Improved Performance Shouldn’t Mean More IT Hours
When one talks about improved performance in relation to an enterprise computer network, there are usually 2 sides to the equation: the performance of the programs and computers themselves, and the performance of the users. Ideally when a solution or application is brought into a company, one is talking about both. A performance-improving program should make it better all around–for the user and the equipment.
Of course there is also a third issue which many times gets ignored: the IT department. How many times is a solution brought in that will “decrease workload”, “improve employee performance” or “improve system performance” that means loads of extra hours for IT personnel? Due to a shortage of experienced, well-trained IT staff today, IT hours are at a premium. Hence, any “solution” brought in which makes more work for IT is increasing the financial burden of the company and slowing down IT service, despite how it might be decreasing that burden elsewhere. So we might add another element to our program requirements: it doesn’t increase the IT workload.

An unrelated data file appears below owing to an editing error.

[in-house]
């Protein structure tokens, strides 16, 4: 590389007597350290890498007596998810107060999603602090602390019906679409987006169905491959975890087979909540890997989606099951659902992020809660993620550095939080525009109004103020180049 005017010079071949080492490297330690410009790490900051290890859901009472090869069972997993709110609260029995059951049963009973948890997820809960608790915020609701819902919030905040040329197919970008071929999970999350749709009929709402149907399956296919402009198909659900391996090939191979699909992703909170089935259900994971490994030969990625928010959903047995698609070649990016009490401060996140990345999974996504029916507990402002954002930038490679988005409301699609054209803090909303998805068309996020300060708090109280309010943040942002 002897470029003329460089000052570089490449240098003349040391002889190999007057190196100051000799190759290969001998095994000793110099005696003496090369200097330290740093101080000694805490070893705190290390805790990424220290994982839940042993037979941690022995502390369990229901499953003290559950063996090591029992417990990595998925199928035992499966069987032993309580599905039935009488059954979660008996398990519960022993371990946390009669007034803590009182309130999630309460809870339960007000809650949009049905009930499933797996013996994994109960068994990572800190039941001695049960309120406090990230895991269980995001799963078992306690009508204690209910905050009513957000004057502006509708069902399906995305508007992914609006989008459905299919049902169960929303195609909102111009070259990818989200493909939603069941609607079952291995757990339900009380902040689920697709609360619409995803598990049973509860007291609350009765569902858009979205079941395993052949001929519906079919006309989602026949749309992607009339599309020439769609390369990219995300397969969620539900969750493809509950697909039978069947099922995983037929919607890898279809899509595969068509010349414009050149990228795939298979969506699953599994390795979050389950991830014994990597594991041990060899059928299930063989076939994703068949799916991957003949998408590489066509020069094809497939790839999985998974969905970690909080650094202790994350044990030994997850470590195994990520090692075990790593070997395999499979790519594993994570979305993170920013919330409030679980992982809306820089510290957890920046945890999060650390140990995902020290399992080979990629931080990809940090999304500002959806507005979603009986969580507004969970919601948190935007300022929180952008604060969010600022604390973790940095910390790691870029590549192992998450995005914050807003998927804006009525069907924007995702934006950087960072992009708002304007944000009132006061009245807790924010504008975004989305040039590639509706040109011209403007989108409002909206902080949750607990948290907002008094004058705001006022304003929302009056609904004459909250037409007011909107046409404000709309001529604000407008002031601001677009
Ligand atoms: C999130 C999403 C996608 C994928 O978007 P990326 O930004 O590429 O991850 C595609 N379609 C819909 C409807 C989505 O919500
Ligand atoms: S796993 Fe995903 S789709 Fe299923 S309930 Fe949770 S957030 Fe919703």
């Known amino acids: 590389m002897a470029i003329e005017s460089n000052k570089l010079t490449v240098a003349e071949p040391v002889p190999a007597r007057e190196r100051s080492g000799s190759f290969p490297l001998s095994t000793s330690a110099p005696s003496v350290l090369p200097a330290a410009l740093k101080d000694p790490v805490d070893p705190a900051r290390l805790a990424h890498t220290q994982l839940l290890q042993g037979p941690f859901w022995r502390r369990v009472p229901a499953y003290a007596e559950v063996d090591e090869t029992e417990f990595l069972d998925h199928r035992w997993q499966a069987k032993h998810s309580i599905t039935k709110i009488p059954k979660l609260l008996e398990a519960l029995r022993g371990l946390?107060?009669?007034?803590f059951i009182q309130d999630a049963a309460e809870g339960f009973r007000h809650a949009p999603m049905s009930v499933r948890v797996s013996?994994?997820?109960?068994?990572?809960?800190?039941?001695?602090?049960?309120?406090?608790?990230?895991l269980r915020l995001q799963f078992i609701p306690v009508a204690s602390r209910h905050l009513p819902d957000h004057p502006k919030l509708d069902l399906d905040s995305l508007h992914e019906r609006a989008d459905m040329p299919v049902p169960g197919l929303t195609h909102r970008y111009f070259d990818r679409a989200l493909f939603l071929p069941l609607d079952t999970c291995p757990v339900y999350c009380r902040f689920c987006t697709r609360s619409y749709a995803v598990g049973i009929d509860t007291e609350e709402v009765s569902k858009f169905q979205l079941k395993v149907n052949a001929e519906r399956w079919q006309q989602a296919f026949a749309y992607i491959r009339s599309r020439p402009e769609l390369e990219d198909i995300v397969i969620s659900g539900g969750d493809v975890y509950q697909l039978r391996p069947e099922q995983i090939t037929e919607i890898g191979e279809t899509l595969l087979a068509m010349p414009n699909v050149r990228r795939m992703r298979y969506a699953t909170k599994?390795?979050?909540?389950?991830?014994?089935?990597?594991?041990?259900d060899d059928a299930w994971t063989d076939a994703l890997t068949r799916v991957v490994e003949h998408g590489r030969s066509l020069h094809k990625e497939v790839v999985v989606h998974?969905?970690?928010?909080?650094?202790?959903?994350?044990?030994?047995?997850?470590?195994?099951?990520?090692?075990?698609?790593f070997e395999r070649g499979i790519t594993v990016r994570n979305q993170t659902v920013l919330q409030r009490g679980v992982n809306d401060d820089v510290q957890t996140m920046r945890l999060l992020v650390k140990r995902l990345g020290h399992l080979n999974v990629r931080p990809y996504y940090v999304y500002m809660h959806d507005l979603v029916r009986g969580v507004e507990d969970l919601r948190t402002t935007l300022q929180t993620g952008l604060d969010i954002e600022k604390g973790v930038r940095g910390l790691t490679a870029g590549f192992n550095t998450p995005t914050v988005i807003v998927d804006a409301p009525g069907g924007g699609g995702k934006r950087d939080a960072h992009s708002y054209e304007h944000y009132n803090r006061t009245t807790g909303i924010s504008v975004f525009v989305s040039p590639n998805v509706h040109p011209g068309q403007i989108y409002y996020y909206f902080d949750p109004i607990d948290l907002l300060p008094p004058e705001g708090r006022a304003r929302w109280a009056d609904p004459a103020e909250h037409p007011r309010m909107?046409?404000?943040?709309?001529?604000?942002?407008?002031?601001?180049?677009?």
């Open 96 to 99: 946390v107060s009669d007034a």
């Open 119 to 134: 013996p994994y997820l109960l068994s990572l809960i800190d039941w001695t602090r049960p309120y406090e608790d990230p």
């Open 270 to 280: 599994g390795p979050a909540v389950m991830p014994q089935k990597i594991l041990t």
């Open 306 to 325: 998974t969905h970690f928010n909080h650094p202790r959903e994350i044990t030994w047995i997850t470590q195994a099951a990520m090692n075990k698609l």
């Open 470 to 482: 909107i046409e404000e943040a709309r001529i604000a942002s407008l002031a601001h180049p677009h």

An example is the traditional defragmentation program. In theory, defragmentation should be assisting everyone by increasing performance all across an enterprise. But since most defragmentation programs are scheduled, they are also making more work for IT in ratio to the number of drives in a corporation that need to be regularly defragmented. Someone has to analyze drives for traffic load and schedule defragmentation on each and every one of those drives, and that someone has to be an experienced IT person. The higher the number of drives, the more hours weekly this takes.
Additionally, due to much larger files and drive capacities, scheduled fragmentation is no longer keeping up with the fragmentation problem–fragmentation is continuing to build between scheduled runs. And in the case of very large drives, scheduled defragmentation may not be defragmenting at all. Performance is still degrading which also negatively affects users and equipment.
The solution for defragmentation is one which takes into account all 3 elements in our portrait of ideal programs: it improves system performance, it improves user performance and it cuts the workload for IT. This is a completely automatic defragmentation solution, one which requires absolutely no scheduling. Since it defragments whenever otherwise-idle system resources are available, it also does a more thorough job of defragmenting–fragmentation is not continuing to build between scheduled runs.
The moral: when implementing any performance-increasing program, make sure IT hours and work are taken into account.